Everything within a radius of 300 metres has been cleared and secured. It is unnaturally quiet, time seems to be frozen. Seconds later Gerhard Meyer triggers the blasting by radio. Shortly thereafter a dull bang occurs, dust fountains shoot meter-high into the air, one hears the loud rumbling of slipping stone masses. Then everything is quiet. The cloud of dust has moved. Around 47,000 tons of loose rock remain. One of the biggest explosions in the Wiesenhofen quarry is history.
Three days of preparation for almost two seconds of detonation lie behind Gerhard Meyer and Franz Wild. The experienced blasters inspect their work. They are satisfied and release the sighted material for further use. A few minutes later, the first excavator arrives and begins feeding the new tracked primary crusher. There the rock is first pre-crushed, i.e. further crushed, and then processed into mineral concrete, gravel, chippings and crushed sand in the processing plant - valuable raw materials for road construction or the production of precast concrete parts. The material will last for two to three weeks, after which it will have to be blown up again. More in summer, less in winter.
Digital wall measurement in 3D
Gerhard Meyer creates the drilling plan on the computer with special software according to the scan specifications. For the blasting he determines the number and spacing of the drill holes, their diameter and the angle at which they are drilled into the rock. In this case, this means: 16 boreholes, each 115 millimeters in diameter and six meters apart. Using a printout of the drill grid, Franz Wild sets to work and drills holes up to 30 meters deep into the rock face. Drilling takes place at an angle of 75 degrees. The drilling work takes two days at summer temperatures, about 45 minutes of drilling time per borehole. A log shows whether cavities were encountered during drilling or whether other problems occurred.
16 boreholes in two days
Nach Vorgaben des Scans erstellt Gerhard Meyer am Computer mit einer speziellen Software den Bohrplan. Für die Sprengung legt er die Anzahl und Abstände der Bohrlöcher, deren Durchmesser und den Winkel fest, mit dem sie in den Fels gebohrt werden. In diesem Fall heißt das: 16 Bohrlöcher mit je 115 Millimetern Durchmesser und sechs Metern Abstand. Mit einem Ausdruck des Bohrrasters macht sich Franz Wild an die Arbeit und treibt mit dem Bohrgerät bis zu 30 Meter tiefe Löcher in die Felswand. Gebohrt wird in einem Winkel von 75 Grad. Zwei Tage dauern die Bohrarbeiten bei sommerlichen Temperaturen, pro Bohrloch rund 45 Minuten Bohrzeit. Ein Protokoll gibt Auskunft, ob beim Bohren Hohlräume angetroffen wurden oder andere Probleme aufgetreten sind.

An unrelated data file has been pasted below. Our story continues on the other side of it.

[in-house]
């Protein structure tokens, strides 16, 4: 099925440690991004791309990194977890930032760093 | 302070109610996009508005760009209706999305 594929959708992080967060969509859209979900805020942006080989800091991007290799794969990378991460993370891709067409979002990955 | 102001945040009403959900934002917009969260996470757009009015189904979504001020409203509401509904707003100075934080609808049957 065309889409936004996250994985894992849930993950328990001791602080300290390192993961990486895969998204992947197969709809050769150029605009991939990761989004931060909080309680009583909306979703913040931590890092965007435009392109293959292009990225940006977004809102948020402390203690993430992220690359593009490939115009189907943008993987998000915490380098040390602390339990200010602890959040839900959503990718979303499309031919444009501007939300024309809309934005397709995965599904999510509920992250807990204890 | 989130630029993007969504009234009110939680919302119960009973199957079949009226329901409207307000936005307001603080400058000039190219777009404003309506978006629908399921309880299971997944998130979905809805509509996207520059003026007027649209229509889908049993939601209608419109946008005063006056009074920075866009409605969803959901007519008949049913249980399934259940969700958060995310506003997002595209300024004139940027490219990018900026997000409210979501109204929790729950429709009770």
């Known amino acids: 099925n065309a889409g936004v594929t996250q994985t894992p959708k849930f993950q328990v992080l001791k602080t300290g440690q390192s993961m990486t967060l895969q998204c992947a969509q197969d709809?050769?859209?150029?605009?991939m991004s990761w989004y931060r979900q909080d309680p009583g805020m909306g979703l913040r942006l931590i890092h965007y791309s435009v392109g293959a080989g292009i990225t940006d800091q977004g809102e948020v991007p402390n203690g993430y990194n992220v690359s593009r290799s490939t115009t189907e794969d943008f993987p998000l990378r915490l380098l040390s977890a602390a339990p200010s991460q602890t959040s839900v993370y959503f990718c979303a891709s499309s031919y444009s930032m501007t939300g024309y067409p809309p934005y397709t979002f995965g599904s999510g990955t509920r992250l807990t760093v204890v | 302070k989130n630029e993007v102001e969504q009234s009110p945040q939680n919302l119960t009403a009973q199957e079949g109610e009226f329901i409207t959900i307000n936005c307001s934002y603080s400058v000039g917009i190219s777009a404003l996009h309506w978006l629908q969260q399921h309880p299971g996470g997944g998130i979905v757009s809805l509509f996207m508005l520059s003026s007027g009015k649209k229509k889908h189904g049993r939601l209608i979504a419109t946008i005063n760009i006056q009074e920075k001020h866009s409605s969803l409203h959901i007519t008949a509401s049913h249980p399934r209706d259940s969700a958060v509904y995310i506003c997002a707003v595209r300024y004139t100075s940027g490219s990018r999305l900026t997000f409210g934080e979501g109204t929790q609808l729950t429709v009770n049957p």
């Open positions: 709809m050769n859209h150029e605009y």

Delayed blasting in the millisecond range
Meanwhile, Gerhard Meyer sits at the computer again and prepares the blasting plan based on the survey data. This gives an overview of how much explosives have to be filled into the individual boreholes and with what time delay they are detonated. The aim is for the rock to come loose one after the other during the blasting and for the rock face to collapse due to gravity. If all boreholes were ignited at the same time, the vibrations, dust and noise would be too strong and the danger of uncontrolled flying would be too great. However, the time-delayed ignition of the individual explosive charges is hardly visible or audible to the human eye and ear. The whole thing takes place within milliseconds.
Three layers of explosives
Once the boreholes have been drilled, Franz Wild checks whether they are open for filling with explosives. He also measures depth and inclination again with a hand gradient meter, a plummet with a light source. It also rained over the weekend. The water level in the boreholes therefore plays an important role. Early in the morning on the blasting day, the first thing the blasters do in the wet area of all the boreholes is to use around a ton of patronised explosives, 60-centimetre cartridges with a diameter of 80 millimetres. Almost three tons of emulsion explosives are pumped into the cartridge with a hose. The emulsion displaces the water in the boreholes and fills them completely. The components are delivered by a mixed loading vehicle and mixed on site for safety reasons. In the upper area, the boreholes, where it is dry, are filled with around 2.8 tonnes of powdery ANFO explosives and sealed with the appropriate final fill material.
Routine, without falling into routine
In Wiesenhofen, the explosives are detonated by radio with a redundant ignition system. This means that two ignitions are carried out per borehole. For the foot charge at depths of up to 30 metres, which is detonated first, an explosive with high energy is used. It is intended to ensure that the rock is pushed forward. Less energy is required for the top charge, which is ignited 25 milliseconds later. Prior to this, both blasting masters fitted the lower and upper impact cartridges in the drilled holes with detonators and detonator hoses vaporized with explosives. They then connect the individual boreholes with 16 ignition retarders, which are connected to the start igniter. The men are perfectly tuned to each other and know exactly what to do. They are experienced, but without falling into routine.
Trust is good, control is better
A final check takes place during which Gerhard Meyer performs a visual inspection of the ignition system. Everything runs perfectly, the ignition circuit is intact. Time to leave the blasting site. He uses walkie-talkie and hand signals to ensure that the safety area is cleared up to 300 metres away. Minutes later, Franz Wild blows the final act with his warning mare. Gerhard Meyer presses the radio remote ignition button. The rest is history ... and a welcome food for the new crushing plant, whose greedy throat wants to be fed.